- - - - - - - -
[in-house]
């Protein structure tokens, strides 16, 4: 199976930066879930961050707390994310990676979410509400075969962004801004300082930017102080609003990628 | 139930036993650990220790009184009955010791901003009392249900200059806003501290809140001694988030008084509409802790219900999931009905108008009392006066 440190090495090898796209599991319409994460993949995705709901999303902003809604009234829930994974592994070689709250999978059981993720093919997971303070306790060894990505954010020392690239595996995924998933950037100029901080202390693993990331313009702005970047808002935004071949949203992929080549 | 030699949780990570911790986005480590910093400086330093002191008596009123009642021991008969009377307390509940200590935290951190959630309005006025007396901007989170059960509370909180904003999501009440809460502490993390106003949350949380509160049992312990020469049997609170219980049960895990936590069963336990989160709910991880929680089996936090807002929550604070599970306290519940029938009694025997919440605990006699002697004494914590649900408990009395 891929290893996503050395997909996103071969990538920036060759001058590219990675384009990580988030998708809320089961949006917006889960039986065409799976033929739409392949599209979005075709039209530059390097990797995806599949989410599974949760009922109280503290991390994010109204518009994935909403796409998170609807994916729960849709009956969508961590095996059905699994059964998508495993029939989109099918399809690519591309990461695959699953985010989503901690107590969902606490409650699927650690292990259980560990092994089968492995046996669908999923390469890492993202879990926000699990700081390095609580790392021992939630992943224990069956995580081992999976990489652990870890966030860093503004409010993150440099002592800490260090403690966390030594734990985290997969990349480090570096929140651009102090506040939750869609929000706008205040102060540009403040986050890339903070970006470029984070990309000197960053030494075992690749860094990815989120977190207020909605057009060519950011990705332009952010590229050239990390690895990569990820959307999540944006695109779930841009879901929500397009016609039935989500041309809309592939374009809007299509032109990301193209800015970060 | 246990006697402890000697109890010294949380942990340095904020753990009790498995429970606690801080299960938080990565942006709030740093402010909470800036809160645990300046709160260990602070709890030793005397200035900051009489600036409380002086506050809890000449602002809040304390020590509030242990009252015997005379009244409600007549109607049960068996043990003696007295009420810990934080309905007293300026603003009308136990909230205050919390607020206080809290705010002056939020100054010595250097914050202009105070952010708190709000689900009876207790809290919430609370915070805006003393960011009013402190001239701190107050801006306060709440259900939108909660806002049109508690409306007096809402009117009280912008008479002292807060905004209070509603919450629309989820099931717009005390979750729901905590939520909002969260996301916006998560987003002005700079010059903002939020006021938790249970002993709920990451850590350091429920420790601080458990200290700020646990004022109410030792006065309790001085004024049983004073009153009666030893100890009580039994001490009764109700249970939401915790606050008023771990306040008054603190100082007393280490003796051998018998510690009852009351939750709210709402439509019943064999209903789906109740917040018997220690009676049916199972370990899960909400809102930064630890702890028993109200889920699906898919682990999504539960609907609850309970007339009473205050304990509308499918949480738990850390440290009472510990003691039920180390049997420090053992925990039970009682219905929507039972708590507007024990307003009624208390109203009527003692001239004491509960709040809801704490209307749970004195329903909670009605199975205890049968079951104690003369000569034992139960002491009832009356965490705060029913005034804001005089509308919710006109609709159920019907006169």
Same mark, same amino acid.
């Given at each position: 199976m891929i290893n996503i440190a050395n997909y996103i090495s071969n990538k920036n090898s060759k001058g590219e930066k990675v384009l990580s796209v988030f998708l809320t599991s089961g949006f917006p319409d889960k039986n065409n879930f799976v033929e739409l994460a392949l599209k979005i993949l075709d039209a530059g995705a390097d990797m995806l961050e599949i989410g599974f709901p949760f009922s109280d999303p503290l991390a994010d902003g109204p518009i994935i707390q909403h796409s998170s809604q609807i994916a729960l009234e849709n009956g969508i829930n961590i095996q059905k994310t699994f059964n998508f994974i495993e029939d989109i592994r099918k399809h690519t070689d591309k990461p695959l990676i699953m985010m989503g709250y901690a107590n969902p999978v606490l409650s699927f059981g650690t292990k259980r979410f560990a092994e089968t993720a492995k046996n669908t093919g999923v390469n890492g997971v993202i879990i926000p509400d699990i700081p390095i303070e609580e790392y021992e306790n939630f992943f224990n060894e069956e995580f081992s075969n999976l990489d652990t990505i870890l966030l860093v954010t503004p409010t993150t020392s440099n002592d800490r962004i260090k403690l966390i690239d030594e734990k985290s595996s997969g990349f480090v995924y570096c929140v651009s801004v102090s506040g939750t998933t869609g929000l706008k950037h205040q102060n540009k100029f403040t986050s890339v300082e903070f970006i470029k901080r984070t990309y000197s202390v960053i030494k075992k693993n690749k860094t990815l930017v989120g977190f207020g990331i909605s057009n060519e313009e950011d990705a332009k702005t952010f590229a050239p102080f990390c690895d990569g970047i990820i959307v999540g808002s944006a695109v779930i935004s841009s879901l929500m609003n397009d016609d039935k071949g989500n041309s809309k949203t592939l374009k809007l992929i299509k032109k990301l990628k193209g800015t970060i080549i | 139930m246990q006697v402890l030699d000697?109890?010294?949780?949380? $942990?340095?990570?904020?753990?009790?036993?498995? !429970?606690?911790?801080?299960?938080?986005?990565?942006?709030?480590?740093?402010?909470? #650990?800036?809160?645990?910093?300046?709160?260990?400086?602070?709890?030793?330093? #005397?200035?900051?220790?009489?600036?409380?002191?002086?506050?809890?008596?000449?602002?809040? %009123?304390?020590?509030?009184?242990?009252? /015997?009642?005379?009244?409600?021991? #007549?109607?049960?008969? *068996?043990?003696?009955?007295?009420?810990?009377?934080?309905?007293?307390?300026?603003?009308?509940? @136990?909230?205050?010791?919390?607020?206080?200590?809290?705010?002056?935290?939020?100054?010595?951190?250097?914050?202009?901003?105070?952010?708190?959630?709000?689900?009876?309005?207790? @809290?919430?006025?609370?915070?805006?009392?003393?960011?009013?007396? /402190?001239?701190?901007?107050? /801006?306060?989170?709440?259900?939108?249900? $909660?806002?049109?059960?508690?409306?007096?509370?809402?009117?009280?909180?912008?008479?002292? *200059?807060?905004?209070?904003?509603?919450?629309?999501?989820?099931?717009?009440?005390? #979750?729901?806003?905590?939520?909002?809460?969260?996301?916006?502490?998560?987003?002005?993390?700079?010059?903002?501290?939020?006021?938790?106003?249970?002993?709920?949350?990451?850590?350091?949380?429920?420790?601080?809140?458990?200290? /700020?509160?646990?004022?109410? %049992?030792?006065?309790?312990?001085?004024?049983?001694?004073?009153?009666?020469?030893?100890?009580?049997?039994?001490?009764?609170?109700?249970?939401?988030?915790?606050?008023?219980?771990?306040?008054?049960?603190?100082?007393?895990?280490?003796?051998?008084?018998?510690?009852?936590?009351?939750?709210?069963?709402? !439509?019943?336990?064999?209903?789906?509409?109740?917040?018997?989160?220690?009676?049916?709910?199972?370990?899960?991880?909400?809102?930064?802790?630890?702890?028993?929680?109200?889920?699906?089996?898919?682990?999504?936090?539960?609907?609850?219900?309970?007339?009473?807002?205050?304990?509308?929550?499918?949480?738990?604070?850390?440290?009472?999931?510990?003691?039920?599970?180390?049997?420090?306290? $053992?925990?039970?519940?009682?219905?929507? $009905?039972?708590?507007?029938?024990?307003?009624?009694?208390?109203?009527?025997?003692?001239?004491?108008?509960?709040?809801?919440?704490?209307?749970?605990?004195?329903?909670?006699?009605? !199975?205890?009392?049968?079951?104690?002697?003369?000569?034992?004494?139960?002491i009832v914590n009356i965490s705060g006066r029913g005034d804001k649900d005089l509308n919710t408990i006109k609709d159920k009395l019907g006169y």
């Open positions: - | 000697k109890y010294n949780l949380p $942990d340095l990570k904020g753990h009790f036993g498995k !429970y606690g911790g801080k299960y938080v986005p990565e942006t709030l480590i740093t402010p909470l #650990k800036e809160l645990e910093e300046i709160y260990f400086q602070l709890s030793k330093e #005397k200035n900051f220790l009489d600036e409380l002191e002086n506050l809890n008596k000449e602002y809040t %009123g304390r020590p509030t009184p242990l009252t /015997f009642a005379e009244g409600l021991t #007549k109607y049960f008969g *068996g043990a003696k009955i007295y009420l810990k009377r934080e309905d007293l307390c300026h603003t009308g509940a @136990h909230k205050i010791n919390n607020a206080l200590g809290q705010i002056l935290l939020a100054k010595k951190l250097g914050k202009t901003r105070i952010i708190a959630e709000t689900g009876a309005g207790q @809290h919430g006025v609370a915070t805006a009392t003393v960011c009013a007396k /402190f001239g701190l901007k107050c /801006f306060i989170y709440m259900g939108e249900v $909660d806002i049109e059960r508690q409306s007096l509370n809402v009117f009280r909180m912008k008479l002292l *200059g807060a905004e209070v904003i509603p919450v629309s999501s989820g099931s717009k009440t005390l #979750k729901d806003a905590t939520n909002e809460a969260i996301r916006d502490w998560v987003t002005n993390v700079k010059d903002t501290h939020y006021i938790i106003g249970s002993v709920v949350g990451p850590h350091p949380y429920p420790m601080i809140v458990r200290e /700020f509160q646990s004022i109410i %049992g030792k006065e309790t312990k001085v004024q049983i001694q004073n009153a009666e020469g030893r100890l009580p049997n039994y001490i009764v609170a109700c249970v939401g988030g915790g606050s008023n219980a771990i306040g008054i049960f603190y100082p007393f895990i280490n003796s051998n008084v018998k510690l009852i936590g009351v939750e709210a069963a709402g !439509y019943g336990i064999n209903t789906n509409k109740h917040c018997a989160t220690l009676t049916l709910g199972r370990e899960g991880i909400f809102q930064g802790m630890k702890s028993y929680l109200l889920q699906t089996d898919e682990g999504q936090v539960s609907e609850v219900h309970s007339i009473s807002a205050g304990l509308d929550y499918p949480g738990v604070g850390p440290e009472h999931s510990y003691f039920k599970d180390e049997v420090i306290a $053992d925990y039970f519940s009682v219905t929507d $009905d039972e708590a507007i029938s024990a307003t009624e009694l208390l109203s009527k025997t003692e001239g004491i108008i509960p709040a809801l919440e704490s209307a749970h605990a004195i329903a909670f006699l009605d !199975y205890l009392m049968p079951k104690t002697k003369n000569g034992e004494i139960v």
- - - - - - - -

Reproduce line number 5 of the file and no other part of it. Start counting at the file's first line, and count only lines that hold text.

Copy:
């Open positions: - | 000697k109890y010294n949780l949380p $942990d340095l990570k904020g753990h009790f036993g498995k !429970y606690g911790g801080k299960y938080v986005p990565e942006t709030l480590i740093t402010p909470l #650990k800036e809160l645990e910093e300046i709160y260990f400086q602070l709890s030793k330093e #005397k200035n900051f220790l009489d600036e409380l002191e002086n506050l809890n008596k000449e602002y809040t %009123g304390r020590p509030t009184p242990l009252t /015997f009642a005379e009244g409600l021991t #007549k109607y049960f008969g *068996g043990a003696k009955i007295y009420l810990k009377r934080e309905d007293l307390c300026h603003t009308g509940a @136990h909230k205050i010791n919390n607020a206080l200590g809290q705010i002056l935290l939020a100054k010595k951190l250097g914050k202009t901003r105070i952010i708190a959630e709000t689900g009876a309005g207790q @809290h919430g006025v609370a915070t805006a009392t003393v960011c009013a007396k /402190f001239g701190l901007k107050c /801006f306060i989170y709440m259900g939108e249900v $909660d806002i049109e059960r508690q409306s007096l509370n809402v009117f009280r909180m912008k008479l002292l *200059g807060a905004e209070v904003i509603p919450v629309s999501s989820g099931s717009k009440t005390l #979750k729901d806003a905590t939520n909002e809460a969260i996301r916006d502490w998560v987003t002005n993390v700079k010059d903002t501290h939020y006021i938790i106003g249970s002993v709920v949350g990451p850590h350091p949380y429920p420790m601080i809140v458990r200290e /700020f509160q646990s004022i109410i %049992g030792k006065e309790t312990k001085v004024q049983i001694q004073n009153a009666e020469g030893r100890l009580p049997n039994y001490i009764v609170a109700c249970v939401g988030g915790g606050s008023n219980a771990i306040g008054i049960f603190y100082p007393f895990i280490n003796s051998n008084v018998k510690l009852i936590g009351v939750e709210a069963a709402g !439509y019943g336990i064999n209903t789906n509409k109740h917040c018997a989160t220690l009676t049916l709910g199972r370990e899960g991880i909400f809102q930064g802790m630890k702890s028993y929680l109200l889920q699906t089996d898919e682990g999504q936090v539960s609907e609850v219900h309970s007339i009473s807002a205050g304990l509308d929550y499918p949480g738990v604070g850390p440290e009472h999931s510990y003691f039920k599970d180390e049997v420090i306290a $053992d925990y039970f519940s009682v219905t929507d $009905d039972e708590a507007i029938s024990a307003t009624e009694l208390l109203s009527k025997t003692e001239g004491i108008i509960p709040a809801l919440e704490s209307a749970h605990a004195i329903a909670f006699l009605d !199975y205890l009392m049968p079951k104690t002697k003369n000569g034992e004494i139960v």